Worse yet, in order to fill these larger commercial orders, many seed houses have been forced to dip more into their basic seeds, the supplies they keep in a cold store to ensure they have sufficient quantities of them. sufficient seeds to recover from catastrophic weather conditions or prepare for years to come. . Some seed companies have admitted that it will take them until 2023 or 2024 to regenerate the stocks of seed they have sold in the past four months. This means that we can probably expect seed prices to increase, further limiting access to a wide variety of crops.
As the spikes and declines in COVID-induced seed supply now converge with existing longer-term factors, we are being pushed to a crisis point for America’s seed security.
Increasingly, large and medium-sized commercial seed companies are outsourcing parts of the seed supply chain overseas. Rather than growing their own stocks on various plots across the United States, companies rely on a complex and opaque global network of farmers and middlemen. Unbeknownst to many gardeners, their heirloom or local seeds – so called because they are part of the American geographic heritage – may come from contract growers overseas who originally purchased seeds in the United States but who export them to us now. This obscuration puts us at a higher risk of being blinded by the devastation that can spread across the world due to a single farm’s failure to control a seed-borne virus.
In fact, in the worst possible coincidence, several globalized seed sources are now contaminated with crop viruses, completely independent of COVID-19. Seed imports for nightshade crops such as tomatoes and peppers that are vulnerable to the Rough Brown Tomato Fruit Virus (ToBRFV) are restricted by the USDA due to recent outbreaks in farmers’ fields in the Netherlands, Spain, France, Greece and elsewhere.
The balance between corporate global producers and individual seed savers must be strengthened by supporting local seed operations, whether non-profit or commercial. There is still too much redundancy in the offerings of the major seed vendors. Fortunately, since the mid-1980s, the diversity of seeds grown and offered by small regional businesses on American soil has increased four to five times. Yet seed companies in all ecoregions and hardiness zones are expected to not only grow more of their own seeds, but also more diversity suited to their changing climatic conditions.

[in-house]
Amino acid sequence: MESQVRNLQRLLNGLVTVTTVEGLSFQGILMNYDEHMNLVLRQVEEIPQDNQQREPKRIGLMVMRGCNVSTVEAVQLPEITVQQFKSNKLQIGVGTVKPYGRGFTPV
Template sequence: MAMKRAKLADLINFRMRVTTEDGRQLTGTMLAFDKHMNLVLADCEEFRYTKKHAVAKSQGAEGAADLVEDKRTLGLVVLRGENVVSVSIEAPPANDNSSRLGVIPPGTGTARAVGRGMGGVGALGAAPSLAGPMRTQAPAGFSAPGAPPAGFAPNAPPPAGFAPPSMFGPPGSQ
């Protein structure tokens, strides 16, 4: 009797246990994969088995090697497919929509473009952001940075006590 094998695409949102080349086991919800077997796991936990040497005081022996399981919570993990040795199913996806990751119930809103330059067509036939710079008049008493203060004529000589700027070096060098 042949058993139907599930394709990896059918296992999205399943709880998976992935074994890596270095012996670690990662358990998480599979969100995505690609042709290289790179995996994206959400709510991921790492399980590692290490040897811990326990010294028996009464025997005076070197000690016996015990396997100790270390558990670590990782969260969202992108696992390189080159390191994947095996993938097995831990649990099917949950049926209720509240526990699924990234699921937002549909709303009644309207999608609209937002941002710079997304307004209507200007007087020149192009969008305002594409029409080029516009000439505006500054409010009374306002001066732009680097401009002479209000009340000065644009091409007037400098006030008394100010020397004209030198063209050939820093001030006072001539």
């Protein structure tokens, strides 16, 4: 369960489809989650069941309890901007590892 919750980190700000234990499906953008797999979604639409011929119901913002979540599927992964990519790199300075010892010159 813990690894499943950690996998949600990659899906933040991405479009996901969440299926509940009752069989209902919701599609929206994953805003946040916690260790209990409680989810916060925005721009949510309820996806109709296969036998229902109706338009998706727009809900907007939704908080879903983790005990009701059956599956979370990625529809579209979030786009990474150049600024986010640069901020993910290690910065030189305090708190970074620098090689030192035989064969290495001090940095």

And while it remains imperative to protect seed banks from climate disasters, supply shocks and war, seed bank backup stocks should be better linked to free seed libraries that democratize seed diversity. In southern Arizona, thanks to the Pima County public library system, there are now over 25 free seed libraries who work from branch libraries and food banks to distribute desert-friendly seeds to thousands of families of all races, ethnicities and income levels. Surprisingly, about half of those who view seeds from these libraries return part of the harvest after the growing season, which is enough to replenish the growers’ library the following season.
COVID-19 is not the first global shock to seed supply chains in recent memory – seed shortages and rising prices during the 1979 oil crisis, 2000, and 2008 recession come to me in mind – and it will not be the last. As the Healing the Border Project distributed hundreds of Native Seeds / SEARCH seed packets to indigenous Seri and Hia C-eḍ O’odham communities isolated near the US-Mexico border by government blockades, we realized that the plantation new gardens are a way for communities to regain their sense of hope after the pandemic.
As the world slowly rebuilds and recovers, we all have a new opportunity to regenerate and share a greater diversity of seeds, and to honor and return the benefits to the traditional seed custodians of many crops. We would be remiss if we did not sow true seed sovereignty in every region and culture on this planet, long before a future crisis can uproot us again.